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Not everyone agreed with my point about not really wanting to talk to someone. Dale said, "Even the best machine systems fail". He gave an example of how Amazon took his order for a Christmas gift, promised a delivery date, and the gift has still not arrived". His bottom line was, "no dates, no numbers, no satisfaction – and no way to talk to a human". "Even the best sometimes need to engage in human conversation to maintain satisfaction". Charley agrees. He said that my story had missed the point. "When the organization that you are trying to do business with makes a mistake, then you must talk to a human, and one with authority". He says it is an an iron rule in human affairs that organizations do not admit they made a mistake until they are subject to severe duress.  "No voice response I have ever heard says ‘Press 1 if we made a mistake’ and very very few first level order takers or help desk personnel have in their scripts what to do in case of a mistake". Both Charley and Dale pointed out that problems are exacerbated when the organization you think you are dealing with has sub-contracted the actual work to another organization.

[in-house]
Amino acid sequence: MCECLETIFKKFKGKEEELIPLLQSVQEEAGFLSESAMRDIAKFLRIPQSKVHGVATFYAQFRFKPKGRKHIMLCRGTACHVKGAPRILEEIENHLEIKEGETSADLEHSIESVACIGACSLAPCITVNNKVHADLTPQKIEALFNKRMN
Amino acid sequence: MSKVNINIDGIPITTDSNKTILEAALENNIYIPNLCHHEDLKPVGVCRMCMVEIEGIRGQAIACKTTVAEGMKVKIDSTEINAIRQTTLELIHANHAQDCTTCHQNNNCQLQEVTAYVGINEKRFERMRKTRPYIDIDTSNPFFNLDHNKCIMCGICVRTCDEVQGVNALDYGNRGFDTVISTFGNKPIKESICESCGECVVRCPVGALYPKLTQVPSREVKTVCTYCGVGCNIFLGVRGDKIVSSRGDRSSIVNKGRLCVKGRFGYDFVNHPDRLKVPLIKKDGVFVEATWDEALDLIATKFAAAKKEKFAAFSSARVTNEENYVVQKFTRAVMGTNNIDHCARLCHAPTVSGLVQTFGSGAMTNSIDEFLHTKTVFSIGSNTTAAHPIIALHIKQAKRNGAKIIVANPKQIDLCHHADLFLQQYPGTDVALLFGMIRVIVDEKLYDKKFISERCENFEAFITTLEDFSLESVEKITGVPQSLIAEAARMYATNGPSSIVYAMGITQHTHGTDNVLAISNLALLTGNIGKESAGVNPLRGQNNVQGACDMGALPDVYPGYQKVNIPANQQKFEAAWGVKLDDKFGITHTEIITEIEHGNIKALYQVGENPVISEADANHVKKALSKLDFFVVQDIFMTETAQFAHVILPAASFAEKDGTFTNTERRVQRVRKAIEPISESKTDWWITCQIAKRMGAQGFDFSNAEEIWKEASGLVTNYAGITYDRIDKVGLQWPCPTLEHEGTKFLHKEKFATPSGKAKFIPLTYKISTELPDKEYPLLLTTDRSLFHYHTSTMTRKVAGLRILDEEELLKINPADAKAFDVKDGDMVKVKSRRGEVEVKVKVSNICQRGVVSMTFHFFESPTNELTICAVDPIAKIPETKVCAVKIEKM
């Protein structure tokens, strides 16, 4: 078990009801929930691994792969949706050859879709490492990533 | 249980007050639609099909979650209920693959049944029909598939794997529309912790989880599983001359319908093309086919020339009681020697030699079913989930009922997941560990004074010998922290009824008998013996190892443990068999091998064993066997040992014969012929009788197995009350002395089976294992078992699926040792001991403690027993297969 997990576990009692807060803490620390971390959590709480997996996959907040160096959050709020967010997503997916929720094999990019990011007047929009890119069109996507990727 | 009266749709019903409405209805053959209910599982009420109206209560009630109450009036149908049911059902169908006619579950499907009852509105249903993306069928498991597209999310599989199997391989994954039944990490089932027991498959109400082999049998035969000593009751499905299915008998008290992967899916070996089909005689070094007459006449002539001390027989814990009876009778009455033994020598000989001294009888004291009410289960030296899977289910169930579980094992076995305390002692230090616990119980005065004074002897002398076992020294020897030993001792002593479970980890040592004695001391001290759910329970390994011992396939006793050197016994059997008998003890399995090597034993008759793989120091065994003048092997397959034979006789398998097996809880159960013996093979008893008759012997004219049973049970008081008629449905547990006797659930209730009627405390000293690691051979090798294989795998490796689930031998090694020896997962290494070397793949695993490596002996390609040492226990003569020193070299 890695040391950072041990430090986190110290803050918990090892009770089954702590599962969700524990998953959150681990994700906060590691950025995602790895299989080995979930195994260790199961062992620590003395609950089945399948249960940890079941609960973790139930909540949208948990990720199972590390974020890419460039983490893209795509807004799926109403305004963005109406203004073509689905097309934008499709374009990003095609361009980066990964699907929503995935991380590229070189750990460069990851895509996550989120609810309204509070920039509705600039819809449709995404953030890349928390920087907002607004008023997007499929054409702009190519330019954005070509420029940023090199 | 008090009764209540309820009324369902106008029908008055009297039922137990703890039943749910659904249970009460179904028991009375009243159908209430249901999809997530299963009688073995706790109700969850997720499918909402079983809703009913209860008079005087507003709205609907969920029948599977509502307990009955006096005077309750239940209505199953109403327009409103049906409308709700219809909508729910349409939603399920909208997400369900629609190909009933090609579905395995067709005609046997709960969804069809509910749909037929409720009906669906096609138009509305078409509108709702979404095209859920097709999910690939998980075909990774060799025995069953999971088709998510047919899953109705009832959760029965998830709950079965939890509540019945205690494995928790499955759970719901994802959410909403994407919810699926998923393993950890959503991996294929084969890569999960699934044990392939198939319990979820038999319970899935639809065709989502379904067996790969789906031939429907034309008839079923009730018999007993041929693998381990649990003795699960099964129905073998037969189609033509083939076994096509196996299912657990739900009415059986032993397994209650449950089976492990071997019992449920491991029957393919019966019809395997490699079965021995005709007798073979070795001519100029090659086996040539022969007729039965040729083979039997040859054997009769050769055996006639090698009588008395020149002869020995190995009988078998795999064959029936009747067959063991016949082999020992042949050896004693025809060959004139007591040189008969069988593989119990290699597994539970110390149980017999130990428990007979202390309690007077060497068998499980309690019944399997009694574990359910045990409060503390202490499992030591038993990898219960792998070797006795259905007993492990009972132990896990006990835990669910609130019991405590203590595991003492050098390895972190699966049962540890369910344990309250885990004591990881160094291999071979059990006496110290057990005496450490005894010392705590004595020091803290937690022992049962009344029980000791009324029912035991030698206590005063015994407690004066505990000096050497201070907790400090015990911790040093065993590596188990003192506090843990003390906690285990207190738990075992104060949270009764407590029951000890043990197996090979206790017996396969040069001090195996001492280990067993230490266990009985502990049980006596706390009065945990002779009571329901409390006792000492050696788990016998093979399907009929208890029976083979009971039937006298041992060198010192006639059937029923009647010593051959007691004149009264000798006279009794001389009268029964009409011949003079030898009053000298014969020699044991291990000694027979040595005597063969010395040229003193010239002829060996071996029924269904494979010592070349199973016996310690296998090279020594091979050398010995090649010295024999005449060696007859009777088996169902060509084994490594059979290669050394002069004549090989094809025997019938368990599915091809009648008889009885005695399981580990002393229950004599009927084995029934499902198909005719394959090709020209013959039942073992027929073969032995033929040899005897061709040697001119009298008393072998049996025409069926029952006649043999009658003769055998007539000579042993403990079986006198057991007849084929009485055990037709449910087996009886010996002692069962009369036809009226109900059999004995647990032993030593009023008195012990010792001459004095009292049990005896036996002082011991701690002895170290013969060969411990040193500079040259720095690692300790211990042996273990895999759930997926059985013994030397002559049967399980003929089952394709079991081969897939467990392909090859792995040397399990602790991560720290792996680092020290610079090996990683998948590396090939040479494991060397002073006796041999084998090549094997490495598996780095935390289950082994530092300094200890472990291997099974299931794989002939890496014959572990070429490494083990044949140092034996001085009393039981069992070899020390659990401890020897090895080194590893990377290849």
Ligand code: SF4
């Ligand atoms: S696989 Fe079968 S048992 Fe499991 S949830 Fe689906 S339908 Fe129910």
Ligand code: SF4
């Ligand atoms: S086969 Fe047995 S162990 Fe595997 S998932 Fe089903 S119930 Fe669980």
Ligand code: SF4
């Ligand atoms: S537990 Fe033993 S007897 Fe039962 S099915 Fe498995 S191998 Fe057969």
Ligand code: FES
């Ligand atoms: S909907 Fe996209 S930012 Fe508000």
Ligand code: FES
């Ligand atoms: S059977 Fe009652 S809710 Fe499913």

These are all good points but I am sticking to my thesis. Talking to a human is not what I want. I want systems and processes that work the way they are supposed to work. I believe that wanting to talk to someone is a response to the frustration that we feel when a system or a process has broken down. Another way to say it is that if I could wave a magic wand and have a company provide live telephone support with humans or make their systems and processes work properly (including integration with their sub-contractors), I would take the latter. I must admit I am quite surprised to learn of Amazon having a breakdown. This is the first I have heard of that happening. It sounds like a transportation snafu and I suspect that the recent airline difficulties are at the root of the problem. Not that this is an excuse. If Amazon guaranteed delivery they obviously relied on some discussions they had with their shipping provider, which I believe is more dependent on the USPS than in the past. One more time, if there was a choice of talking to someone or having Amazon provide a delivery tracking link with every shipment, I would take the latter.